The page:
Life isn’t Perfect Yet

When suffering comes we often assume we’ve done something to upset God and we’re being punished for it. This myth is perpetuated by a teaching that goes something like this – give your life totally to Christ and you’ll have it altogether all the time.

This leads to a false conclusion – if I don’t have it altogether, I must’ve done something wrong.

No one has it altogether all the time. Who can get through 24 hours without doing, saying or thinking something they shouldn’t? I can’t and I doubt anyone else can.

“Sadly, churches tend to reward those who can create the illusion of having it all together by holding them up as examples of what a Christian should be, while actually, in some cases, such people may be less spiritual than those whose integrity compels them not to deny their struggles.” – Selwyn Hughes

Perpetuating the myth that life can perfect for Christians on earth causes many to give up following Jesus because they’re not  “good at it.” God does perform miracles for people. He does transform lives. But for most, some issues remain unresolved.

It’s normal for Christians to struggle with the same problems everyone else does. It doesn’t mean we’ve disappointed God, it just means we’re human.

The world is tired of perfect face of Christianity


About rosemccormickbrandon

An award winning personal experience writer, Rose McCormick Brandon is a frequent contributor to faith magazines, devotionals and compilations, including Chicken Soup for the Soul. Rose is the author of Promises of Home: Stories of Canada's British Home Children (2014). One Good Word Makes all the Difference (2013), He Loves Me Not, He Loves Me (2012) and Vanished: What Happened to My Son. She's a frequent contributor to The Testimony, Today's Pentecostal Evangel and other faith magazines in Canada, U.S. and Australia. Rose also writes about Canadian history, specifically the era of Child Immigration from Britain. Read her stories of child immigrants at:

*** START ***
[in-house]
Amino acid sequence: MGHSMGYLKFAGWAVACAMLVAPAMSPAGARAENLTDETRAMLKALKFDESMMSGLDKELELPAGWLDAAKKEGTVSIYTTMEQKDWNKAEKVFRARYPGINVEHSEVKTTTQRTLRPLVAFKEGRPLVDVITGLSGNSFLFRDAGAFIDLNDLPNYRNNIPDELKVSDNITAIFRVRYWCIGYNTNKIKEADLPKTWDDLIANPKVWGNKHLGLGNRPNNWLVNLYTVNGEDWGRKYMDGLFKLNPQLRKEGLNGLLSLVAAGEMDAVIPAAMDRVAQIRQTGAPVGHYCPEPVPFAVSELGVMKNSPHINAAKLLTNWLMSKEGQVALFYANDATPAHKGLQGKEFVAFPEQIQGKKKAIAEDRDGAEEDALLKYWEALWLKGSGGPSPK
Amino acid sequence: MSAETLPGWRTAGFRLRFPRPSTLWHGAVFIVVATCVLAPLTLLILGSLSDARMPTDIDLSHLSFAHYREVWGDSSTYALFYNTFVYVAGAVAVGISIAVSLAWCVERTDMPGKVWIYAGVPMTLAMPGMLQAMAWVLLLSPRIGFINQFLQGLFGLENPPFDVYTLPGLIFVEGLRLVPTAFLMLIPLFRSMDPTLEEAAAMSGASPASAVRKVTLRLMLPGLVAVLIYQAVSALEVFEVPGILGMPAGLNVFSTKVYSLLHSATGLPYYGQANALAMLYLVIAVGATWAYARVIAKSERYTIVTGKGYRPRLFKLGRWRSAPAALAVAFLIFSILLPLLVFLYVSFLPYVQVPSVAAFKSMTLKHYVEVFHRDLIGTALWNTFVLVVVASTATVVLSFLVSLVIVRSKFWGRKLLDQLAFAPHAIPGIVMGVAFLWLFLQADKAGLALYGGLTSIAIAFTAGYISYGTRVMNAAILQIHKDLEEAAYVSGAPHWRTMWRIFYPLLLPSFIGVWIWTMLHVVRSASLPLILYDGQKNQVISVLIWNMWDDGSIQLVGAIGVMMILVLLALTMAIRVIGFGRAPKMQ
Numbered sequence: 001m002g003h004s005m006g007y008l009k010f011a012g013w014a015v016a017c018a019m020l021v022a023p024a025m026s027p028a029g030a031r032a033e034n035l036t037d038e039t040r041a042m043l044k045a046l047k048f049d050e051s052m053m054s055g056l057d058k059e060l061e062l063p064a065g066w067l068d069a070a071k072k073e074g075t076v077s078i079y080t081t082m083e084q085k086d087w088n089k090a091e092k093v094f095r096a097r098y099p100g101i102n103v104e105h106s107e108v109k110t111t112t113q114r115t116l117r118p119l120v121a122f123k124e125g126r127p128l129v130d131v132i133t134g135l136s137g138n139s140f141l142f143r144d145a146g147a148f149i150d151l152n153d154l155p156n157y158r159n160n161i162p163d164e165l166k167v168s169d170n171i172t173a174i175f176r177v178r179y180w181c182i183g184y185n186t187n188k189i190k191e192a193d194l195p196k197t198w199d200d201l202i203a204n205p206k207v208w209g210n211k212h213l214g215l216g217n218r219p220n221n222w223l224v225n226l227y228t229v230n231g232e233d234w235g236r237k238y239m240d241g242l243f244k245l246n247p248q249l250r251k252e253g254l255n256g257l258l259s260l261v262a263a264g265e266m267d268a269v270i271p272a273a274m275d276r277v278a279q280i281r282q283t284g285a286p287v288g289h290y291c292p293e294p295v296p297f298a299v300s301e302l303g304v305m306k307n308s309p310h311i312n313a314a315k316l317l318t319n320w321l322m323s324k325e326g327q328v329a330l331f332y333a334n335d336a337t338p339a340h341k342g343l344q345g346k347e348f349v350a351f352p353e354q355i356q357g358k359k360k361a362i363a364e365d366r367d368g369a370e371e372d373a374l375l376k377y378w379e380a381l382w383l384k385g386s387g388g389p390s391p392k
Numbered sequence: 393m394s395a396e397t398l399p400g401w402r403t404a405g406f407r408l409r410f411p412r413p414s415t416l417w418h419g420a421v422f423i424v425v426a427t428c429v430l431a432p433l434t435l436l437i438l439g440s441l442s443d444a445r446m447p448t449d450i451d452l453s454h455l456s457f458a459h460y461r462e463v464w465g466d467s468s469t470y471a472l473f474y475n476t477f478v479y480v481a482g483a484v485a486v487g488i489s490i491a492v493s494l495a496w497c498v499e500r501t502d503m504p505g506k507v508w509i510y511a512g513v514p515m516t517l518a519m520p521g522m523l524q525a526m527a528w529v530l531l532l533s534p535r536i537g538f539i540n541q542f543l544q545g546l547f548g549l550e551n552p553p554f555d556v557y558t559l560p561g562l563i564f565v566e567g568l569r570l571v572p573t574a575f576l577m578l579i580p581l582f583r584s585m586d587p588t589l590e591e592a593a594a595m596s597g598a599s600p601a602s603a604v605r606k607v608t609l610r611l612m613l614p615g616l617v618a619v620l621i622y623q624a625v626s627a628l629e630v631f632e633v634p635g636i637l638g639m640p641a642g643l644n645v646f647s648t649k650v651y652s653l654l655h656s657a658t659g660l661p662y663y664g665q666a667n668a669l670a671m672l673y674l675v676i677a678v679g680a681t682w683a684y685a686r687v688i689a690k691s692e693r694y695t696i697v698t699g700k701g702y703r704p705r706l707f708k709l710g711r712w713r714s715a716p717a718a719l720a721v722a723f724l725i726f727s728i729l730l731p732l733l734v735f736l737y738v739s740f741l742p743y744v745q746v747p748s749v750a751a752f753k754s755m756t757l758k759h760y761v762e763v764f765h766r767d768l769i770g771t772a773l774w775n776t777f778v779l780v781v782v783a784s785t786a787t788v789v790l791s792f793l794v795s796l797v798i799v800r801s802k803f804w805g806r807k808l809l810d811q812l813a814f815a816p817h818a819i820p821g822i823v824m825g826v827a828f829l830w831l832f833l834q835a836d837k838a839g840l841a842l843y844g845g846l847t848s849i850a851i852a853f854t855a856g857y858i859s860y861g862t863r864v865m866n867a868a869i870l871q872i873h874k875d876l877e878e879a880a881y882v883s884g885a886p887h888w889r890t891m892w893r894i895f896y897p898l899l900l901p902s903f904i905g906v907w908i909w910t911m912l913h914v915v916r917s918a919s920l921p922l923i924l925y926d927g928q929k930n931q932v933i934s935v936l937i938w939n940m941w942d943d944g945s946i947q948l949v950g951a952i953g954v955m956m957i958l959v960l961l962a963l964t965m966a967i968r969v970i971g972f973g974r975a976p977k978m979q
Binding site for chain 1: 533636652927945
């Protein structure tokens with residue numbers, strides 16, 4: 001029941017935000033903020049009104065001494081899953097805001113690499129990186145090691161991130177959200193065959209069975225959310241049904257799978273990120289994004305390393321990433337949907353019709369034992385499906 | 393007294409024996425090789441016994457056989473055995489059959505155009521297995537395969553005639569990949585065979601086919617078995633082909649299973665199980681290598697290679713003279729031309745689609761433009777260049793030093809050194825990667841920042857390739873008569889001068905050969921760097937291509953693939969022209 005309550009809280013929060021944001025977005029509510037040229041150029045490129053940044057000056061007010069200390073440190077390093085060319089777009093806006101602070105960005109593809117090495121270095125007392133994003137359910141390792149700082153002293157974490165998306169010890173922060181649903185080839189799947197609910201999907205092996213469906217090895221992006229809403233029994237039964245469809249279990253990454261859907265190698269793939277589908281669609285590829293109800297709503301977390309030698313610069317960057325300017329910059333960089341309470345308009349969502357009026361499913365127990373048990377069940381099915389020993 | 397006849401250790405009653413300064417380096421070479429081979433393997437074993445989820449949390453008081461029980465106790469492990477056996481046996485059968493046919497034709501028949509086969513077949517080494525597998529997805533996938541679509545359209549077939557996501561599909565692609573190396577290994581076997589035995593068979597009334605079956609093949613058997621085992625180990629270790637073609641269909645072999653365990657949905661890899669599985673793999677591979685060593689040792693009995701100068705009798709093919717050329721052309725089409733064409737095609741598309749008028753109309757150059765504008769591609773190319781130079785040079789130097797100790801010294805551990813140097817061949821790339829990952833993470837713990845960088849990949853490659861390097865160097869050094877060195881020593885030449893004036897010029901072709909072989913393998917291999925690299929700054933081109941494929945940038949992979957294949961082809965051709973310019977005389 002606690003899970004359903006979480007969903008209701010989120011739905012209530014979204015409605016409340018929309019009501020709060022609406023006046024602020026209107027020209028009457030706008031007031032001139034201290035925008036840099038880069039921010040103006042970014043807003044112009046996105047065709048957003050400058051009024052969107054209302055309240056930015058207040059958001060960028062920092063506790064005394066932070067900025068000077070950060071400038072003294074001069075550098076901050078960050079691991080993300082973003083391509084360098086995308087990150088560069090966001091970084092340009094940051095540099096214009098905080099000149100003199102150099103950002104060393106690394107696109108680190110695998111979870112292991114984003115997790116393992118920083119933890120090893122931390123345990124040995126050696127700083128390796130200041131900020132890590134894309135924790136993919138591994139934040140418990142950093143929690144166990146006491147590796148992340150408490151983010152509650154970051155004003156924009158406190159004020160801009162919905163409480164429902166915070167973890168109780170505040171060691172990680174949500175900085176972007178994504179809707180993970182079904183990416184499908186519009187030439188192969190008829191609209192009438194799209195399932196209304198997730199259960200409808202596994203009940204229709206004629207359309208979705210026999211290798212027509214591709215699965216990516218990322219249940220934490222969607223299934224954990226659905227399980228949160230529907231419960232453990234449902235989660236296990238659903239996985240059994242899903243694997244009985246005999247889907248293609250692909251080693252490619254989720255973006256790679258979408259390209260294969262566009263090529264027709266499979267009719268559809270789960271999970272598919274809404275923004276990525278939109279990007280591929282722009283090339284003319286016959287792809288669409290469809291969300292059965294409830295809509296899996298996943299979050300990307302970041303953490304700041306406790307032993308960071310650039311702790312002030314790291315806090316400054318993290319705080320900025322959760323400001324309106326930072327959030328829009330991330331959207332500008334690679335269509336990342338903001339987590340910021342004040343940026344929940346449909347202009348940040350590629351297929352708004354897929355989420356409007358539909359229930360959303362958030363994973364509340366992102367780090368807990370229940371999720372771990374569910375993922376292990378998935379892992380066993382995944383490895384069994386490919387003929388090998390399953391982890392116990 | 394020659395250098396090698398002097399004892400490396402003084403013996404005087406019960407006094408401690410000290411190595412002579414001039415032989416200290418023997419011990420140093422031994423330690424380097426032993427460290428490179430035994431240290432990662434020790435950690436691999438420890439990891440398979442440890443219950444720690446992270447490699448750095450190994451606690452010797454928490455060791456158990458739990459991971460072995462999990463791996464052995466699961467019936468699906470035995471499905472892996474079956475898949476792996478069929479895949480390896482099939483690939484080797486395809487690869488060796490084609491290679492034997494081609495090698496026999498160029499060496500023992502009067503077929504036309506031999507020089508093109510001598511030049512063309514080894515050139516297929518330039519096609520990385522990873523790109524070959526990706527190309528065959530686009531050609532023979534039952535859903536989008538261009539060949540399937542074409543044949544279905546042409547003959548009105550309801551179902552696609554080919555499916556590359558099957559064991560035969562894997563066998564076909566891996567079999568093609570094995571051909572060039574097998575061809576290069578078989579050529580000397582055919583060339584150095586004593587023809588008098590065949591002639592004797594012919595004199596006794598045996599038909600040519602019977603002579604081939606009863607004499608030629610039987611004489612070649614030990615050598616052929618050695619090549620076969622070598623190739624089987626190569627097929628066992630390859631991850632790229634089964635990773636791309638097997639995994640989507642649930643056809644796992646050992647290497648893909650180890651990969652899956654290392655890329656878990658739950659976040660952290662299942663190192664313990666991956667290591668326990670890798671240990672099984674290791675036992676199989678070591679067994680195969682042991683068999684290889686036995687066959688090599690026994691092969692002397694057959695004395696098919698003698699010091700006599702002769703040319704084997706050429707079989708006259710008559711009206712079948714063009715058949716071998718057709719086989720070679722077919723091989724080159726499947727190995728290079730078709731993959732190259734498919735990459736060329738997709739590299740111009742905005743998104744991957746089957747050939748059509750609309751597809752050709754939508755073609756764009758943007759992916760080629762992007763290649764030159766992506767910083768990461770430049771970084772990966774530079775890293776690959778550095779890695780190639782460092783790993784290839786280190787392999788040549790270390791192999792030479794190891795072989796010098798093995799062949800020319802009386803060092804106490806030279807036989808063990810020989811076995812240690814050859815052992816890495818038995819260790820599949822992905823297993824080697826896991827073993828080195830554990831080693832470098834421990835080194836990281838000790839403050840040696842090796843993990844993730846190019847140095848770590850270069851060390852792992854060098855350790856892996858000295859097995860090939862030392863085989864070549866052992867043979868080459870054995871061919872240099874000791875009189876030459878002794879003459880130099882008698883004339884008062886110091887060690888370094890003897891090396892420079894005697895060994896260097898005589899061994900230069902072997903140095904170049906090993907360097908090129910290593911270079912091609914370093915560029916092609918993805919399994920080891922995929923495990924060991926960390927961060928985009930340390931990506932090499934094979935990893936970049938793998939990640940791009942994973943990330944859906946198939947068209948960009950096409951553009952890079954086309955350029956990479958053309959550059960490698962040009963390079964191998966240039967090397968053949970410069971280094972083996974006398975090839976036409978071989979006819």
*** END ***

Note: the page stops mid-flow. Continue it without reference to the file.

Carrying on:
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2 Responses to Life isn’t Perfect Yet

  1. vanyieck says:

    How often we forget that we are partners in God’s ministry on earth. It’s true that Christ gives deeper meaning to life, but it’s also true that as fellow disciples we are responsible to love and encourage each other. No believer should suffer from loneliness because of the fellowship they share with other believers. In other words, no believer should be left behind. Unfortunately, the ideal is not the reality.

    • So well put. We strive for the ideal but in some aspects of life we won’t experience the ideal. I think it’s spiritually healthier to accept this fact than agonize over life’s imperfections. I say this, yet I’m one who agonizes for perfection.

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